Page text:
Unlike the previous years since the corporate scandals broke and Sarbanes-Oxley was passed, 2004 and the first seven months of 2005 were a period of adaptation as companies became more accustomed to the expanded reporting and governance requirements. The principal focus for most public companies was the installation of internal control over financial reporting as mandated by Sarbanes-Oxley. For most private companies and non-profit entities the concern was the extent to which this particular financial reform and the other governance reforms would become best practices, even mandatory practices, for them.
The Consequences Of 404
The first wave of company reports with respect to "internal control over financial reporting" came ashore awash with criticism as to cost - in time and money - and overall effectiveness. The public seemed unconcerned by those reports that identified shortcomings in controls. The criticism was sufficient to stimulate the Securities and Exchange Commission ("SEC") and the Public Company Accounting Oversight Board ("PCAOB") to hold an April 2005 roundtable to discuss Section 404 and its ramifications. There were several highlights:
Cost has been a significant factor. First year 404 costs resulted roughly in a doubling of audit costs. It is still not clear whether the initial cost of the installation of a compliant system of internal controls will be more expensive than the cost of assessment and testing in later years. Some of the cost elements must inevitably be reduced because the extent of cost, especially for small businesses, places a very heavy burden on resources otherwise needed for company operations.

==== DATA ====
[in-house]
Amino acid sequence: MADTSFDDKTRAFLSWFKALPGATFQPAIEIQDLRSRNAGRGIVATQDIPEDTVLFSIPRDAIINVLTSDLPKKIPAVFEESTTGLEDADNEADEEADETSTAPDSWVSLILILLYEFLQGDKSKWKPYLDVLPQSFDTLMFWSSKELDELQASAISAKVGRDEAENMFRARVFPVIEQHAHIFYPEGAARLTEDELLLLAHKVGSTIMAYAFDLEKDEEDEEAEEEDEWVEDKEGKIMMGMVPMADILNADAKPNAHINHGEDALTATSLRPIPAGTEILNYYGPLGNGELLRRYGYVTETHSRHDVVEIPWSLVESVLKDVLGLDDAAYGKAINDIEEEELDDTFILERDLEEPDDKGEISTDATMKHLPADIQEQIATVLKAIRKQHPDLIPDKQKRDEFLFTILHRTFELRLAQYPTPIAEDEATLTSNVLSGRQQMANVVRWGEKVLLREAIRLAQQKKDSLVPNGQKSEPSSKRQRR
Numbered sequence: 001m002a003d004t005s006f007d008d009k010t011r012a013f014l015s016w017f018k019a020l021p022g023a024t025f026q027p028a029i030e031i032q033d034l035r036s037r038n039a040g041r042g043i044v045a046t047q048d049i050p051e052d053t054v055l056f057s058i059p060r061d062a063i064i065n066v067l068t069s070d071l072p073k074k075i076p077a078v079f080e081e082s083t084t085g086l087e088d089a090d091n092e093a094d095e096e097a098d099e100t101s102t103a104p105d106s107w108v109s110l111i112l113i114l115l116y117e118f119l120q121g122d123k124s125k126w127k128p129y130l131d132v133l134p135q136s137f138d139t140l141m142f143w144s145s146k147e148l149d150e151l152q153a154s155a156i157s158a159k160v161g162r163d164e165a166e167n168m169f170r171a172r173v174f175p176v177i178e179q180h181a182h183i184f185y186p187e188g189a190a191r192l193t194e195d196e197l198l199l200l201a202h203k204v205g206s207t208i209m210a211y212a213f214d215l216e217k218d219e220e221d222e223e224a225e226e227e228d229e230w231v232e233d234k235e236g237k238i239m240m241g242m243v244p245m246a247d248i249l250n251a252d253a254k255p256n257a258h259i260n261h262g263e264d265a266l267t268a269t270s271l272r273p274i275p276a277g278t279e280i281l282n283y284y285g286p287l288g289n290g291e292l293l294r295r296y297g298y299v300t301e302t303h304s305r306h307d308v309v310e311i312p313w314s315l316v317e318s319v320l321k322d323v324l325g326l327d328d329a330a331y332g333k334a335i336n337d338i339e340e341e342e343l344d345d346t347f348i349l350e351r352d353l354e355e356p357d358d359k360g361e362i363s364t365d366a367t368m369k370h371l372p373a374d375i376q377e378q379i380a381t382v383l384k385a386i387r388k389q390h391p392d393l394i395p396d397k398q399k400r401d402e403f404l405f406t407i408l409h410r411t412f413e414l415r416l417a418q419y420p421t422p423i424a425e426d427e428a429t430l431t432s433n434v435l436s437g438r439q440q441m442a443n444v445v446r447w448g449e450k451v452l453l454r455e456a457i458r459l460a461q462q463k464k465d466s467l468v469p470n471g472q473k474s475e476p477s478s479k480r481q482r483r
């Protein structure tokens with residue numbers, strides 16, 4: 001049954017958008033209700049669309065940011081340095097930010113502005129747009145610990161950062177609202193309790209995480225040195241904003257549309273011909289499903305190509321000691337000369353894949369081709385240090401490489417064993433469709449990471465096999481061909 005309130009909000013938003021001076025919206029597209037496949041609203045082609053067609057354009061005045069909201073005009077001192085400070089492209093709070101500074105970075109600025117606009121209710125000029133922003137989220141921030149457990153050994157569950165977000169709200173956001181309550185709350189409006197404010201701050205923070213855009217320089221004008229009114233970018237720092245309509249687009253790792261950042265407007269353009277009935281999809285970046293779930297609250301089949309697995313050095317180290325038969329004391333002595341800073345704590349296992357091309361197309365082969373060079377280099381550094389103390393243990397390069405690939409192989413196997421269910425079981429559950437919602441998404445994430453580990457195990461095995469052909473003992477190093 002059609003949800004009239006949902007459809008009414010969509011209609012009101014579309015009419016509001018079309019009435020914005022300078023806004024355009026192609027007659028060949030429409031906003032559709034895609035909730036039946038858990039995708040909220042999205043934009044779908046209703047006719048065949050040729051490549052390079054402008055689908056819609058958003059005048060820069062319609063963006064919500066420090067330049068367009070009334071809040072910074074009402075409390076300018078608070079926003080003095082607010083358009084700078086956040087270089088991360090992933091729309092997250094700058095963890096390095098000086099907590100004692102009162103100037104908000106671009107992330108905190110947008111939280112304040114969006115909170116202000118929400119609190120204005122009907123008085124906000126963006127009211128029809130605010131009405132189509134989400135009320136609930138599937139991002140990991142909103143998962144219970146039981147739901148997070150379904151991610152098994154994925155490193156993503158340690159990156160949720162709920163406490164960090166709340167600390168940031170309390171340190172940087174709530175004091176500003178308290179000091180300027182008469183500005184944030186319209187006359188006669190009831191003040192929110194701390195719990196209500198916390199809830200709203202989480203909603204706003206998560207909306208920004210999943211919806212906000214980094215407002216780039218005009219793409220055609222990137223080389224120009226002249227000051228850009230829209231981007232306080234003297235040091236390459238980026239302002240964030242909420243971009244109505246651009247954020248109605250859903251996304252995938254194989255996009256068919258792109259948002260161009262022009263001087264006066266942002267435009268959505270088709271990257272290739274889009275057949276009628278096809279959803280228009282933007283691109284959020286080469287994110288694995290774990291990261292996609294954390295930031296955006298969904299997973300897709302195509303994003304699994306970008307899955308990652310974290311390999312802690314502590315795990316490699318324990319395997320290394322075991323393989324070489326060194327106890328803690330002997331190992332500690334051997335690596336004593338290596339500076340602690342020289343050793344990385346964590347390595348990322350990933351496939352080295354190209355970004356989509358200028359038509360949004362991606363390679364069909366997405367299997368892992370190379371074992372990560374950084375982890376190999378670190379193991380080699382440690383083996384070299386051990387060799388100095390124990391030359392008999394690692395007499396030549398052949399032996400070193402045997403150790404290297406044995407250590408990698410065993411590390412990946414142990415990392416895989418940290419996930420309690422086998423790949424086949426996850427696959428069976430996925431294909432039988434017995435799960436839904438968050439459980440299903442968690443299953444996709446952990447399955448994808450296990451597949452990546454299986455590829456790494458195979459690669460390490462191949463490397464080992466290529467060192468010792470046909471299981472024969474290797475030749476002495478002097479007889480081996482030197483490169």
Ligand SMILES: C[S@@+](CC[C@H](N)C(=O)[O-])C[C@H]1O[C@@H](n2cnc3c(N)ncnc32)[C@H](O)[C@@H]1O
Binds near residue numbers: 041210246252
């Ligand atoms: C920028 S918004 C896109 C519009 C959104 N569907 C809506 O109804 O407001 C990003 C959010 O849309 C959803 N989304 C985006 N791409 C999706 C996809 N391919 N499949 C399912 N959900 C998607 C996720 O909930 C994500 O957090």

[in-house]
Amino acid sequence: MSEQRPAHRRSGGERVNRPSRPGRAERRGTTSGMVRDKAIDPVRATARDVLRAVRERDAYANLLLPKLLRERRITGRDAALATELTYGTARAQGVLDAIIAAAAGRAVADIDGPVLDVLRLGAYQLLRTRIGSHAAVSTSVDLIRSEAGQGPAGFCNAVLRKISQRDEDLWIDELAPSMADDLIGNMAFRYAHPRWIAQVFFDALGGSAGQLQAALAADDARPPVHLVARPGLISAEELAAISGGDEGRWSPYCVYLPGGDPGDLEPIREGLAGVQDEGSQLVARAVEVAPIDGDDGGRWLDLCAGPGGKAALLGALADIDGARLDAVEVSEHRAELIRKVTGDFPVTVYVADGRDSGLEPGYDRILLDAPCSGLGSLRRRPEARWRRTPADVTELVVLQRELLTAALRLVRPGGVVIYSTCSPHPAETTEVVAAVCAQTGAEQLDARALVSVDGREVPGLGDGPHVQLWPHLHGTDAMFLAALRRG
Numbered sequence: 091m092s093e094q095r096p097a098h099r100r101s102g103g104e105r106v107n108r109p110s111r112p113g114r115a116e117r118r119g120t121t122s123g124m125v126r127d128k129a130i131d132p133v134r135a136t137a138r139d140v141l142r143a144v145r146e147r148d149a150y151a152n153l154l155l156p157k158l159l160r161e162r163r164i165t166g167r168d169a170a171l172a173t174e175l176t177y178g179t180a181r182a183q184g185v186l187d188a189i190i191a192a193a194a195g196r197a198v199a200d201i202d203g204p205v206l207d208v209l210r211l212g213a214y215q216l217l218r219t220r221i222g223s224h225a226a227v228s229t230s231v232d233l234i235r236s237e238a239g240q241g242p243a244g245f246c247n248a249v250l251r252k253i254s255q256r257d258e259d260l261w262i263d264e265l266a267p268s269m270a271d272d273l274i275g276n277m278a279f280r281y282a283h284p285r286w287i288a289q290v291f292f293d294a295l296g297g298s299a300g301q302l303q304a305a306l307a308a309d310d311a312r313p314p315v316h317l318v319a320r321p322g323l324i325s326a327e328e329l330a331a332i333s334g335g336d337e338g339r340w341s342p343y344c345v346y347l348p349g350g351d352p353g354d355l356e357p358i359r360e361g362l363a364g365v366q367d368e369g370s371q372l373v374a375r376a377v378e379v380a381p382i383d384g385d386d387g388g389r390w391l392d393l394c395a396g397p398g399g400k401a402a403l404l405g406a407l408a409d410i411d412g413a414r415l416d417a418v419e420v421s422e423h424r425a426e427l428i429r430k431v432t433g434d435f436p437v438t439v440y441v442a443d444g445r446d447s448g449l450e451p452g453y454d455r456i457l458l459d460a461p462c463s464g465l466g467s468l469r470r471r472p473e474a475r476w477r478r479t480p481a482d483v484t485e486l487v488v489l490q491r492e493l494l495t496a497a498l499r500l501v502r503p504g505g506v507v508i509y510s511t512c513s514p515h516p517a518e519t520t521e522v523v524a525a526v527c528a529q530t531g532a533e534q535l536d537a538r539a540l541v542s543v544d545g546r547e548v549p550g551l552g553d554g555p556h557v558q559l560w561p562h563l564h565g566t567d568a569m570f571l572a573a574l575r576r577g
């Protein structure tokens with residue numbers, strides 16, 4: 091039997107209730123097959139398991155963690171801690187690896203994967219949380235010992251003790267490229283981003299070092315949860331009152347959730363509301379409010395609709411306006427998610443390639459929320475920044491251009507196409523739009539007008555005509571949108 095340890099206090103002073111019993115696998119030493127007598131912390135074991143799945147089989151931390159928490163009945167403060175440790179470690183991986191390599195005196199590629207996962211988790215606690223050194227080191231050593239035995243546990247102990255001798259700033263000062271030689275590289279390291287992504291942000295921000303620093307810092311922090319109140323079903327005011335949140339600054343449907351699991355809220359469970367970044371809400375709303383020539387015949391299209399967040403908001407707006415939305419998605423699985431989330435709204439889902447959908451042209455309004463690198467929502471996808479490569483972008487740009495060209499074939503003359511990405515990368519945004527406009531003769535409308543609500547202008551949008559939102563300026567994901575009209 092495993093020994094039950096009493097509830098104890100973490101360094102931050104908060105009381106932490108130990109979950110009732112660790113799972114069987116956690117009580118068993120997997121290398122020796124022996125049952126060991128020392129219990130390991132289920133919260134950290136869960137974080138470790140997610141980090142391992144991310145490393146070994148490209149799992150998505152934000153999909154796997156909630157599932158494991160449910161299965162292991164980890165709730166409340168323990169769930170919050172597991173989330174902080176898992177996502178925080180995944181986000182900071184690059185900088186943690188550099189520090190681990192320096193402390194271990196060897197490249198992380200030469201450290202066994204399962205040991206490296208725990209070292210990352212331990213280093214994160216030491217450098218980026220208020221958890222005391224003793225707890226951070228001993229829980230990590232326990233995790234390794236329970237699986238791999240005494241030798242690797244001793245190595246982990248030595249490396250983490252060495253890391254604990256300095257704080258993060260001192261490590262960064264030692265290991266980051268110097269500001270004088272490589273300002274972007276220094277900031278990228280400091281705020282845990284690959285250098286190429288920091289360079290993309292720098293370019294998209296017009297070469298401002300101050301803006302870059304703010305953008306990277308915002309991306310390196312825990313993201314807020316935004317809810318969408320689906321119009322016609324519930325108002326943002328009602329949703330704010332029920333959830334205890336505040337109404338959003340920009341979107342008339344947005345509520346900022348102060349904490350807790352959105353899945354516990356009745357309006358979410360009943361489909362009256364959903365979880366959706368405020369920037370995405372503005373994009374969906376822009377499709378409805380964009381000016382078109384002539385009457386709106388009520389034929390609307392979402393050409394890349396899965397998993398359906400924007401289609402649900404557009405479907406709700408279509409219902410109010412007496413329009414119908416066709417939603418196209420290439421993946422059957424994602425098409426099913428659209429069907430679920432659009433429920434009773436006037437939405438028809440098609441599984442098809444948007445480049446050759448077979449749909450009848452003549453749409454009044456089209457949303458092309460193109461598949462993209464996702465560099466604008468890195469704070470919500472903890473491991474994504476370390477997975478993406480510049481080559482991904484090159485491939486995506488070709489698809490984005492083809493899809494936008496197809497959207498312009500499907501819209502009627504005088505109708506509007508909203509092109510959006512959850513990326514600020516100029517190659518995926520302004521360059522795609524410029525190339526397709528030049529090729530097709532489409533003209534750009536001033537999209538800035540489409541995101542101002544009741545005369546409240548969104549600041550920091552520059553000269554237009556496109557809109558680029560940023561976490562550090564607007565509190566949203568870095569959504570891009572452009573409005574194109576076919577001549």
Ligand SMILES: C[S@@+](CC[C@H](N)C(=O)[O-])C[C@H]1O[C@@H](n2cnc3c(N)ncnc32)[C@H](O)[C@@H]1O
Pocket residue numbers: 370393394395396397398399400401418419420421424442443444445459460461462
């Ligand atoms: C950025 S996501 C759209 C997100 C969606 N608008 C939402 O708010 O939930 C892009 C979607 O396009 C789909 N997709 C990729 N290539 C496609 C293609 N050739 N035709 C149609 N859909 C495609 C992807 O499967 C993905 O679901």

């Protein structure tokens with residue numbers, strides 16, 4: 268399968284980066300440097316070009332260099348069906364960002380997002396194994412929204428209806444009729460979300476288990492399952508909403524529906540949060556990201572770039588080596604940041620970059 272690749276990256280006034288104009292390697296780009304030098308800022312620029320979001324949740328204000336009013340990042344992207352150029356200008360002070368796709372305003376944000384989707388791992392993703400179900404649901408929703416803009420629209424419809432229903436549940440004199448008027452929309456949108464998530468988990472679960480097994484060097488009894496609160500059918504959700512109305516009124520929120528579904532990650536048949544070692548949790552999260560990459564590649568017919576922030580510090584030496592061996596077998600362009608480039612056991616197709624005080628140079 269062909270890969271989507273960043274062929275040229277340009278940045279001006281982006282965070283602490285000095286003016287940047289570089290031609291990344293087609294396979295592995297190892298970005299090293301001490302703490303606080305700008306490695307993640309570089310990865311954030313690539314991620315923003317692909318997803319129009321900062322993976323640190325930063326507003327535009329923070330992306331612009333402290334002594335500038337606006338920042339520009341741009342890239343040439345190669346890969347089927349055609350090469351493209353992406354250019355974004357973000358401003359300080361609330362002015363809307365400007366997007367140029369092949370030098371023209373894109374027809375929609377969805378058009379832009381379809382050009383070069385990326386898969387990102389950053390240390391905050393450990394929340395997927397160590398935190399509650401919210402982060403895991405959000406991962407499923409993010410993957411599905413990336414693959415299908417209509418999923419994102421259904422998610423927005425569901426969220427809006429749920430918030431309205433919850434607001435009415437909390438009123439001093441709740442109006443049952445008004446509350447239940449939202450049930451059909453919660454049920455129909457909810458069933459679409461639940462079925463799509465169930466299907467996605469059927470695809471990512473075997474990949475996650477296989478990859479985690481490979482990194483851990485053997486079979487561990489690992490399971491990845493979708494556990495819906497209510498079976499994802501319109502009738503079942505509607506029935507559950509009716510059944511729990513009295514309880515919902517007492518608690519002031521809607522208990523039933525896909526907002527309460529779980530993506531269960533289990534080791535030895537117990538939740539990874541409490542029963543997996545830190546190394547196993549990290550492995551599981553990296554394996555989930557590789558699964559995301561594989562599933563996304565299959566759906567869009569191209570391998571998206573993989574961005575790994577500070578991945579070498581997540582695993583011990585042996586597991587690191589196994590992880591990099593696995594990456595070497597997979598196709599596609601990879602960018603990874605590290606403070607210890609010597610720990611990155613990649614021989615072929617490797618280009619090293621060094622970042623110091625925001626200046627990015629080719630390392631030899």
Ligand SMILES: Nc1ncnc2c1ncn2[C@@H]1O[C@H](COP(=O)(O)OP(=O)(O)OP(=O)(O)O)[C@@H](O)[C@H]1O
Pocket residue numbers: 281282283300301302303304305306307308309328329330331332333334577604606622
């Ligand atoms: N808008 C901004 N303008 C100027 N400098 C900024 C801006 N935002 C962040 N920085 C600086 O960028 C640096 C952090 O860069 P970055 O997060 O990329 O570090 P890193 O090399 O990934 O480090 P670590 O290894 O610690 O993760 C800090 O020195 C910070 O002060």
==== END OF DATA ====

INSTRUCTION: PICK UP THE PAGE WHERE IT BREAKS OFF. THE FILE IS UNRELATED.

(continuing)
Checklist Approach: Suspension of Judgment
A constant theme throughout the process of adapting to 404 has been the use by auditing firms of a "checklist mentality" that leads to what is judged by many as an excessive amount of documentation - checklists, grids and flow charts - in an effort to provide documentation in lieu of identifying major risks and focusing more heavily on those major risks. One consequence of the checklist approach has been to sidetrack the role of risk assessment and judgment by managers, which in turn discourages the application of these faculties in the audit process. Though little clarity emerged from the April roundtable, one thing did: there will be an emphasis upon less use of a checklist approach and more exercise of judgment.